Saturday, July 13, 2024

Exercise’s Impact on Sex Steroid Hormones in Eumenorrheic Females

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In Lahore, Pakistan, a comprehensive review was conducted to explore how exercise influences sex steroid hormones in eumenorrheic females. Utilizing the PRISMA guidelines, the research delved into various databases, including PubMed, Web of Science, Google Scholar, and Sci-Hub, to gather relevant studies. The review juxtaposed different forms of exercise with non-exercise control groups, assessing the hormonal changes, particularly focusing on estrogen, progesterone, and testosterone levels. This analysis is pivotal for understanding the broader implications of exercise on female health, particularly in relation to hormonal stability and injury prevention.

Research Methodology

The review adhered to the Preferred Reporting Items for Systematic Reviews and Meta-Analyses (PRISMA) guidelines. Full-length articles were meticulously searched across multiple databases like PubMed, Web of Science, and Google Scholar. The inclusion criteria encompassed randomized controlled trials and single-group experimental studies, comparing various exercise forms against control groups not engaging in exercise. The Cochrane Risk of Bias assessment tool was employed to screen and assess the quality of the articles, ensuring the reliability of the findings. The primary hormonal outcomes measured were the levels of estrogen, progesterone, and testosterone.

Study Findings

A total of eleven studies met the inclusion criteria, comprising five randomized controlled trials and six quasi-experimental studies. The analysis revealed that exercise did not significantly impact the free estradiol concentration and serum progesterone levels, with p-values of 0.37 and 0.84, respectively. However, a significant effect was observed on testosterone levels, with a p-value less than 0.00001, indicating a notable increase. These findings highlight the complex interaction between physical activity and hormonal levels in females.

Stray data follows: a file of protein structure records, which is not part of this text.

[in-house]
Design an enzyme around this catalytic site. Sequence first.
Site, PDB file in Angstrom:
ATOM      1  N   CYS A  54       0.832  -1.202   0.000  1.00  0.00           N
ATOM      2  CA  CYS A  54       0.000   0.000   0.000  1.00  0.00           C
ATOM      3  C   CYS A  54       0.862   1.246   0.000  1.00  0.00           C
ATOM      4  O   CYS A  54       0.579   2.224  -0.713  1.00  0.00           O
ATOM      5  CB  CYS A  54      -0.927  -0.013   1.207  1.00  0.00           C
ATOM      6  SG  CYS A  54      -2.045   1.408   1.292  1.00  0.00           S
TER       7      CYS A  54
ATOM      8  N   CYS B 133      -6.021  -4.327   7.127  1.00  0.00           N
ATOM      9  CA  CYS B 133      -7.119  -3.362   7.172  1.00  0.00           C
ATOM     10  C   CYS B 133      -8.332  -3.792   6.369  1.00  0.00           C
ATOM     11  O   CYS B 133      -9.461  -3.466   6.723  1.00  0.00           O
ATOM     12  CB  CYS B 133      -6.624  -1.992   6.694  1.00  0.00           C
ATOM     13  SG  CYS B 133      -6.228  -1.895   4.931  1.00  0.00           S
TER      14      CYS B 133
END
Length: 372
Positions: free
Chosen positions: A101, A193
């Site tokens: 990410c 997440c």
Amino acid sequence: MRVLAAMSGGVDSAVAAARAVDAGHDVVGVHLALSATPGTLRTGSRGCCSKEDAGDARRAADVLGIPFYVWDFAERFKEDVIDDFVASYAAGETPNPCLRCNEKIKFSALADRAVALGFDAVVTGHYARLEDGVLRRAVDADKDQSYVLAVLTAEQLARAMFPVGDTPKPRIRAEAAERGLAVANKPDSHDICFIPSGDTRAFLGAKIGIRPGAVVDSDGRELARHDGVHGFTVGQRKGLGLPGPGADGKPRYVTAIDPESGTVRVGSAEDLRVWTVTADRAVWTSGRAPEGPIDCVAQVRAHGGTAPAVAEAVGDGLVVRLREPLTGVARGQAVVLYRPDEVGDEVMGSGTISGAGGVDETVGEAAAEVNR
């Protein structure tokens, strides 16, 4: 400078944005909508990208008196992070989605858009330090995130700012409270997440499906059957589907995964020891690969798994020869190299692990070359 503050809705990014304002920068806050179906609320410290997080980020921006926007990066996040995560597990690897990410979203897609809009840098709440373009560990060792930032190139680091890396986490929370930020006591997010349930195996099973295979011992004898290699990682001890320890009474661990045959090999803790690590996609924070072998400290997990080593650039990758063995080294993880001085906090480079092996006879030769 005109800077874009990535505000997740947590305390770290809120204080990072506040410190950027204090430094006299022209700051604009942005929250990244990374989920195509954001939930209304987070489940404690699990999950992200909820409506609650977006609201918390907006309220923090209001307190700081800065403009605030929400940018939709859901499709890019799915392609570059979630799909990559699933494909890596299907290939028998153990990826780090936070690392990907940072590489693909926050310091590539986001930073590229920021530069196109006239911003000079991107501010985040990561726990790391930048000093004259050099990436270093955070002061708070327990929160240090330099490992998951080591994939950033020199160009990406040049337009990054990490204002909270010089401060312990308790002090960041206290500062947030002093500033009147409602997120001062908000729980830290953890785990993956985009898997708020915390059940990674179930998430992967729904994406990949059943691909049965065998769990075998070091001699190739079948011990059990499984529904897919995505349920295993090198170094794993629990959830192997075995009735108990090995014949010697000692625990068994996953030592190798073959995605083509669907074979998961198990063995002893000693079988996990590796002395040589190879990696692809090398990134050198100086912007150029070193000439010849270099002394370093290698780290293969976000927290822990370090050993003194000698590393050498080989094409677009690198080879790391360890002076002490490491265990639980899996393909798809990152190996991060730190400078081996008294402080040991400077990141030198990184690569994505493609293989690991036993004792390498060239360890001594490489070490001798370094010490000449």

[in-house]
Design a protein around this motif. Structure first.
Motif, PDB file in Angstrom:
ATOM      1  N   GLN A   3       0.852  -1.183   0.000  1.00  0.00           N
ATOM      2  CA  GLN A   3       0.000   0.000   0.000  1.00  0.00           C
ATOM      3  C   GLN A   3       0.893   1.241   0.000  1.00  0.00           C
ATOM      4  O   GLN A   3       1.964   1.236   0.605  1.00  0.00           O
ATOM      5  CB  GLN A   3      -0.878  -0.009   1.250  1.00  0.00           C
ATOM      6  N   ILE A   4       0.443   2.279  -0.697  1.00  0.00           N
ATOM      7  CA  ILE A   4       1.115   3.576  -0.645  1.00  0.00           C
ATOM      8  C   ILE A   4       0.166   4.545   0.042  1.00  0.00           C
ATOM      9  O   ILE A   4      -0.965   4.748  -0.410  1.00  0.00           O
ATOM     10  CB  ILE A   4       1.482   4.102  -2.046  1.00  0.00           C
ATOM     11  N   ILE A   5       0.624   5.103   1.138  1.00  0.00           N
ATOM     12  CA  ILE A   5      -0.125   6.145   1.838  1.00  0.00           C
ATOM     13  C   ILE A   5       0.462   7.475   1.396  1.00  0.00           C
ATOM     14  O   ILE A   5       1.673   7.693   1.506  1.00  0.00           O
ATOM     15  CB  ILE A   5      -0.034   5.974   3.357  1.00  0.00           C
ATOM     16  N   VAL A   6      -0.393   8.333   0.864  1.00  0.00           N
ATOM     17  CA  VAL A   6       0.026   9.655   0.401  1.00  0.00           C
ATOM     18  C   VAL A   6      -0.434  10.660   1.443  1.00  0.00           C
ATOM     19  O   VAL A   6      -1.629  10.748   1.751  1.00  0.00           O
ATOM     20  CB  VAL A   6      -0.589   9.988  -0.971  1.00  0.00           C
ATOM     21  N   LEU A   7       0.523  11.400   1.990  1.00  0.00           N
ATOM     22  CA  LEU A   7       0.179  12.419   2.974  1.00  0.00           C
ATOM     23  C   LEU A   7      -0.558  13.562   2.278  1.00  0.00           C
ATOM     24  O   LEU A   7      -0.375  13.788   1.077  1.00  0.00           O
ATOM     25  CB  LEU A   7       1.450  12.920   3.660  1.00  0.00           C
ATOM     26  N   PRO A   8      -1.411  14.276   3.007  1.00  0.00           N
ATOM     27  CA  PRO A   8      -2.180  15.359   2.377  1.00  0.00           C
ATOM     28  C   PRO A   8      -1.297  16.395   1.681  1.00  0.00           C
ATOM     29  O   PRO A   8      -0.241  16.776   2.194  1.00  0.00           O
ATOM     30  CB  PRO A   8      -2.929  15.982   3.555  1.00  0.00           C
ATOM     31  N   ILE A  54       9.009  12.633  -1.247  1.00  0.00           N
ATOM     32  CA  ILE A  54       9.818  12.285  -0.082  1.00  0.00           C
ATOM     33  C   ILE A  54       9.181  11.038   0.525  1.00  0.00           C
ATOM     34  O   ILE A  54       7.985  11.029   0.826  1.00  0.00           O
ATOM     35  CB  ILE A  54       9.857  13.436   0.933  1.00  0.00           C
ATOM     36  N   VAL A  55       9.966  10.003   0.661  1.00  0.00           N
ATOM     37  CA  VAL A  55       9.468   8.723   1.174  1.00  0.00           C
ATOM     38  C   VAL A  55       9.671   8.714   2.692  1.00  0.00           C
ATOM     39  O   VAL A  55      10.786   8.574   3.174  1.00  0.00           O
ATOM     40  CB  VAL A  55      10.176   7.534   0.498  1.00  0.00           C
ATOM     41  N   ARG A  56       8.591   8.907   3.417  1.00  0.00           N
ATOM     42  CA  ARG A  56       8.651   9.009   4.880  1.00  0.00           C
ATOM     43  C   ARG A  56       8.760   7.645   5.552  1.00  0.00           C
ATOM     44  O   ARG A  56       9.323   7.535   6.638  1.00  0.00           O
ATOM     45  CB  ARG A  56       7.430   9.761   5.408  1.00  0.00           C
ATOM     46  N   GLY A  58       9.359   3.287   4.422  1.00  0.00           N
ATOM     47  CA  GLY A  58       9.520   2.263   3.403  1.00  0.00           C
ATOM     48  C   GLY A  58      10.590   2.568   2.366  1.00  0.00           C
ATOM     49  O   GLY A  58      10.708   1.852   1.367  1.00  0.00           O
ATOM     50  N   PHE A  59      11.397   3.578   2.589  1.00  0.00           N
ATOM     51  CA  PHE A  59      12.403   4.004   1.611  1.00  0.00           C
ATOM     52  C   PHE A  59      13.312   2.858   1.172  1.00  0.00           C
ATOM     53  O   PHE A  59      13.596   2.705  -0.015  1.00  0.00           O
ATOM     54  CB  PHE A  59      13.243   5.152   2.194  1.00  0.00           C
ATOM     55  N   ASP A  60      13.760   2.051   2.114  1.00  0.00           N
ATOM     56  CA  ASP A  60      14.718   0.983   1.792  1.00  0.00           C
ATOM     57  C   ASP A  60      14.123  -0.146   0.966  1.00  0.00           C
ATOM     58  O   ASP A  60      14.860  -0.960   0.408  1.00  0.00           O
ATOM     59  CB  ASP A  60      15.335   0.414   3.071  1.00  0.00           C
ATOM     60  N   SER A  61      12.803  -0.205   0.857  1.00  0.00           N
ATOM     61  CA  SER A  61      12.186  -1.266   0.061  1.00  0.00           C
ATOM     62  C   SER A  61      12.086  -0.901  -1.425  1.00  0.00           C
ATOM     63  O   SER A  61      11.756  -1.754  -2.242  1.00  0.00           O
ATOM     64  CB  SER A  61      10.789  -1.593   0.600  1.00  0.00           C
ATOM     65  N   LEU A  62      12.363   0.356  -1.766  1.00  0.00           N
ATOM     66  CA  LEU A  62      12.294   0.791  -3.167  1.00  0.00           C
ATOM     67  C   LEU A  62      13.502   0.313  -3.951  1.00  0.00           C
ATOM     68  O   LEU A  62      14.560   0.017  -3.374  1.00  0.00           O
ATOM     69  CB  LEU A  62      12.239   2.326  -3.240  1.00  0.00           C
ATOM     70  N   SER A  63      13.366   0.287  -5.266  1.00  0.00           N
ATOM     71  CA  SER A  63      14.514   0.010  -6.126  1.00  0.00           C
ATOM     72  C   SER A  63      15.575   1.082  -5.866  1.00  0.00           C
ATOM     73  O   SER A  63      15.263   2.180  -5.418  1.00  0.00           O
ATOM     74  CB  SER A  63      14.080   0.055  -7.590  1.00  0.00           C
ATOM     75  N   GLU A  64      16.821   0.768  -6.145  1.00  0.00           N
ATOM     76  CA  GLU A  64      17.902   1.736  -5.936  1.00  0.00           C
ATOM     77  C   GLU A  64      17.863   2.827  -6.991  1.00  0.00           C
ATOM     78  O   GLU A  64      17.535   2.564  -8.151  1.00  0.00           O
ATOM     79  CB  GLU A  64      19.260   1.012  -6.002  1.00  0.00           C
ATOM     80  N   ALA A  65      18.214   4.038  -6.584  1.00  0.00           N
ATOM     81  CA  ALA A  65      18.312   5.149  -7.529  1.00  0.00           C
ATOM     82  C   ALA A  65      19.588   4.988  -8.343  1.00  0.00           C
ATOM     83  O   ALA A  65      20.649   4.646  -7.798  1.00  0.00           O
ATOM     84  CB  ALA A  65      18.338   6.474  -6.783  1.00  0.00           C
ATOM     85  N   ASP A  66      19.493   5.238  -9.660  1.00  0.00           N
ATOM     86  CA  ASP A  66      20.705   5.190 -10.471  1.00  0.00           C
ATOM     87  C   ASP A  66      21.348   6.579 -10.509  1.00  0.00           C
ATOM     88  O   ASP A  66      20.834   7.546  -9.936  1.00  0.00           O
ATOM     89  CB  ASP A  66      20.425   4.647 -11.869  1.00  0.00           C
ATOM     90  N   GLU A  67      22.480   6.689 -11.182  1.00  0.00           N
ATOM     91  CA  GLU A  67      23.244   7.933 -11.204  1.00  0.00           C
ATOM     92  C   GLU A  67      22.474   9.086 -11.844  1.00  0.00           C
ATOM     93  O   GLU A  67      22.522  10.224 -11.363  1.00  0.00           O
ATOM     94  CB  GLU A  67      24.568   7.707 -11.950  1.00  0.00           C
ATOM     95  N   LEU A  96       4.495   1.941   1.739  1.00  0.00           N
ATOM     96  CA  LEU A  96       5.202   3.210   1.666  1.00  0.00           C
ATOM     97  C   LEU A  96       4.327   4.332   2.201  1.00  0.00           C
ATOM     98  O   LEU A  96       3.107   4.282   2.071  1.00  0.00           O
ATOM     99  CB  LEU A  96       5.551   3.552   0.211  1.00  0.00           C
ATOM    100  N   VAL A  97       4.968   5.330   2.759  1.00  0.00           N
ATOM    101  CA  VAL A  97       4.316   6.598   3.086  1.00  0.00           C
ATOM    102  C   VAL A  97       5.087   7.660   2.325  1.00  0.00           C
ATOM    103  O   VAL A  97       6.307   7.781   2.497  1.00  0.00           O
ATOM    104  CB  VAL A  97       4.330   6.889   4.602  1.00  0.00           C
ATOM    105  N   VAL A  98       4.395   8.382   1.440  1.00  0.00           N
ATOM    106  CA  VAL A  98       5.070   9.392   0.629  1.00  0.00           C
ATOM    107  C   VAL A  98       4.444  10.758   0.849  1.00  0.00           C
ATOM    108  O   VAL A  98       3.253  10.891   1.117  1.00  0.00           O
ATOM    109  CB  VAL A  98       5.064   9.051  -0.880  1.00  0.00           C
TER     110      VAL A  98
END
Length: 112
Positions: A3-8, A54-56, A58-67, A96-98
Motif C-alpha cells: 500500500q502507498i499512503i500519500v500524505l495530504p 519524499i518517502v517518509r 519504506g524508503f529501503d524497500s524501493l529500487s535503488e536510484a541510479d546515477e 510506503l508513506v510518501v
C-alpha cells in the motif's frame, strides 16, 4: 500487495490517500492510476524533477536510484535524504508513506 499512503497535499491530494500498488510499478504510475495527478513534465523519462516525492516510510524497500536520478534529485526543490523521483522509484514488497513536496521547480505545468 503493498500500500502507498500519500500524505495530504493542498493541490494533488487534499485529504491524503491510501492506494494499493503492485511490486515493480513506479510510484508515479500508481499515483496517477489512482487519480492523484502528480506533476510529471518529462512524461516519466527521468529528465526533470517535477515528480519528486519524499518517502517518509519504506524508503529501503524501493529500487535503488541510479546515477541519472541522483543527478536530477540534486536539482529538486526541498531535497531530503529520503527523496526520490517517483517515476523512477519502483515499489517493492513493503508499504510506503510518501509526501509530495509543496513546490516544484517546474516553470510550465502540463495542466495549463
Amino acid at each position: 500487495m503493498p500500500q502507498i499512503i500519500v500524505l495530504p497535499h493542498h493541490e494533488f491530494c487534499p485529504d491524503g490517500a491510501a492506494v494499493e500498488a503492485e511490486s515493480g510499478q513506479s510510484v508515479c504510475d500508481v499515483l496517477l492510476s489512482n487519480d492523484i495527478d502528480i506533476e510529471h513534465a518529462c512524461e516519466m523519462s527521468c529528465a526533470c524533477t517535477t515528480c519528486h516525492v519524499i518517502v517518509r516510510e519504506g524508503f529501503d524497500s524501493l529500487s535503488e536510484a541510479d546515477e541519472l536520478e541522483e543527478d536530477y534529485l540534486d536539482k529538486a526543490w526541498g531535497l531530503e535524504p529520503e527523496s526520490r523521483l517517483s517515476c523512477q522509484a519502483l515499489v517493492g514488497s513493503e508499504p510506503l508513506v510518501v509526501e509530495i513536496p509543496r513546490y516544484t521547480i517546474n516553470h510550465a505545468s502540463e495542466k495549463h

Practical Implications

Key takeaways from this research can inform practical approaches:

  • Incorporating regular exercise may not significantly alter estrogen and progesterone levels but can notably increase testosterone.
  • Structured exercise programs for women should include warm-ups, cool-downs, and rest intervals to optimize hormonal balance.
  • Further research with blinded randomized controlled trials is recommended to validate these findings and explore long-term effects.

In conclusion, while exercise has a marked impact on testosterone levels in eumenorrheic females, its effects on other sex steroid hormones like estrogen and progesterone are less pronounced. Future studies should adopt a structured approach, incorporating comprehensive exercise regimens to further elucidate these relationships.

Original Article: BMC Womens Health. 2024 Jun 19;24(1):354. doi: 10.1186/s12905-024-03203-y.

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